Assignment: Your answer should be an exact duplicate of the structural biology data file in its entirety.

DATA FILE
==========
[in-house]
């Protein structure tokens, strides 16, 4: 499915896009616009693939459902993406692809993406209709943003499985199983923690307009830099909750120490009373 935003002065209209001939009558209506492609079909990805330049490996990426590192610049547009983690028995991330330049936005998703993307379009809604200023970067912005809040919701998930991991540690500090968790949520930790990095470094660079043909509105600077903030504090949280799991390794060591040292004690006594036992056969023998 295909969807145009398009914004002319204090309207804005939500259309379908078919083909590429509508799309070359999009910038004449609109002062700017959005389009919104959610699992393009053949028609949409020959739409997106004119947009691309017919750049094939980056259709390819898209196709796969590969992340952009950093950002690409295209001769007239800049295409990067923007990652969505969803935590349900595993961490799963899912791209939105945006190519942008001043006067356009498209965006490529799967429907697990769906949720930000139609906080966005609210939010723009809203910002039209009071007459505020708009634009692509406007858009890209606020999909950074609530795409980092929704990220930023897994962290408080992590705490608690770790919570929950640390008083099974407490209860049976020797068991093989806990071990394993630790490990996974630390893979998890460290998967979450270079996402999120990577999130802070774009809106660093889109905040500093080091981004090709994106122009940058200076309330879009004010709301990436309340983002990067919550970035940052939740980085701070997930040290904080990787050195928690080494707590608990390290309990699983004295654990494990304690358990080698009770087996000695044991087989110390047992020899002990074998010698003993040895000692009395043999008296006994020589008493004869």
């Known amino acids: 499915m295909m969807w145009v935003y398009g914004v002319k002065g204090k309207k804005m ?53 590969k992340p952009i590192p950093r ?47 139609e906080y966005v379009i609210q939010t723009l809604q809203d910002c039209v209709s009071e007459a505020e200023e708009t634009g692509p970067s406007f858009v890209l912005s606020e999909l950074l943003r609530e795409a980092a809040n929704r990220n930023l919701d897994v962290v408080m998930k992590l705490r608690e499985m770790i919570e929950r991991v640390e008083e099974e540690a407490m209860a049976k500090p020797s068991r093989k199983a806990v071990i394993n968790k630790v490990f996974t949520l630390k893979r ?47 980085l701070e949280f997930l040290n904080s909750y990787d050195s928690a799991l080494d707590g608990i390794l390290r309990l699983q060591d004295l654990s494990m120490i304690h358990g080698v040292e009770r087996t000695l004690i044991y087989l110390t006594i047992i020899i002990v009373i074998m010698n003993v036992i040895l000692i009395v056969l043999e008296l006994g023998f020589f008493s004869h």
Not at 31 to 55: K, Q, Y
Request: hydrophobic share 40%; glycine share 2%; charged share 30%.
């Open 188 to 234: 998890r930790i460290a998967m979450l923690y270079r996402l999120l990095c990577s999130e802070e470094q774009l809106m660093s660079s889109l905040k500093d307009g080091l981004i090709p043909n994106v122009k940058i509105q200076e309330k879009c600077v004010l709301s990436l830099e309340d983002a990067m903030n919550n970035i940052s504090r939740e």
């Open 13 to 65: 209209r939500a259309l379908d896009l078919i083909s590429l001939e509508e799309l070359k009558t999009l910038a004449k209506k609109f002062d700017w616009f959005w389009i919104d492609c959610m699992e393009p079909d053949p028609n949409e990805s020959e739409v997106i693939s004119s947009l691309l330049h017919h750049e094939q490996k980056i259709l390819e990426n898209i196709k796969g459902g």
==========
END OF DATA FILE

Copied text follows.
[in-house]
């Protein structure tokens, strides 16, 4: 499915896009616009693939459902993406692809993406209709943003499985199983923690307009830099909750120490009373 935003002065209209001939009558209506492609079909990805330049490996990426590192610049547009983690028995991330330049936005998703993307379009809604200023970067912005809040919701998930991991540690500090968790949520930790990095470094660079043909509105600077903030504090949280799991390794060591040292004690006594036992056969023998 295909969807145009398009914004002319204090309207804005939500259309379908078919083909590429509508799309070359999009910038004449609109002062700017959005389009919104959610699992393009053949028609949409020959739409997106004119947009691309017919750049094939980056259709390819898209196709796969590969992340952009950093950002690409295209001769007239800049295409990067923007990652969505969803935590349900595993961490799963899912791209939105945006190519942008001043006067356009498209965006490529799967429907697990769906949720930000139609906080966005609210939010723009809203910002039209009071007459505020708009634009692509406007858009890209606020999909950074609530795409980092929704990220930023897994962290408080992590705490608690770790919570929950640390008083099974407490209860049976020797068991093989806990071990394993630790490990996974630390893979998890460290998967979450270079996402999120990577999130802070774009809106660093889109905040500093080091981004090709994106122009940058200076309330879009004010709301990436309340983002990067919550970035940052939740980085701070997930040290904080990787050195928690080494707590608990390290309990699983004295654990494990304690358990080698009770087996000695044991087989110390047992020899002990074998010698003993040895000692009395043999008296006994020589008493004869």
């Known amino acids: 499915m295909m969807w145009v935003y398009g914004v002319k002065g204090k309207k804005m ?53 590969k992340p952009i590192p950093r ?47 139609e906080y966005v379009i609210q939010t723009l809604q809203d910002c039209v209709s009071e007459a505020e200023e708009t634009g692509p970067s406007f858009v890209l912005s606020e999909l950074l943003r609530e795409a980092a809040n929704r990220n930023l919701d897994v962290v408080m998930k992590l705490r608690e499985m770790i919570e929950r991991v640390e008083e099974e540690a407490m209860a049976k500090p020797s068991r093989k199983a806990v071990i394993n968790k630790v490990f996974t949520l630390k893979r ?47 980085l701070e949280f997930l040290n904080s909750y990787d050195s928690a799991l080494d707590g608990i390794l390290r309990l699983q060591d004295l654990s494990m120490i304690h358990g080698v040292e009770r087996t000695l004690i044991y087989l110390t006594i047992i020899i002990v009373i074998m010698n003993v036992i040895l000692i009395v056969l043999e008296l006994g023998f020589f008493s004869h």
Not at 31 to 55: K, Q, Y
Request: hydrophobic share 40%; glycine share 2%; charged share 30%.
């Open 188 to 234: 998890r930790i460290a998967m979450l923690y270079r996402l999120l990095c990577s999130e802070e470094q774009l809106m660093s660079s889109l905040k500093d307009g080091l981004i090709p043909n994106v122009k940058i509105q200076e309330k879009c600077v004010l709301s990436l830099e309340d983002a990067m903030n919550n970035i940052s504090r939740e």
């Open 13 to 65: 209209r939500a259309l379908d896009l078919i083909s590429l001939e509508e799309l070359k009558t999009l910038a004449k209506k609109f002062d700017w616009f959005w389009i919104d492609c959610m699992e393009p079909d053949p028609n949409e990805s020959e739409v997106i693939s004119s947009l691309l330049h017919h750049e094939q490996k980056i259709l390819e990426n898209i196709k796969g459902g």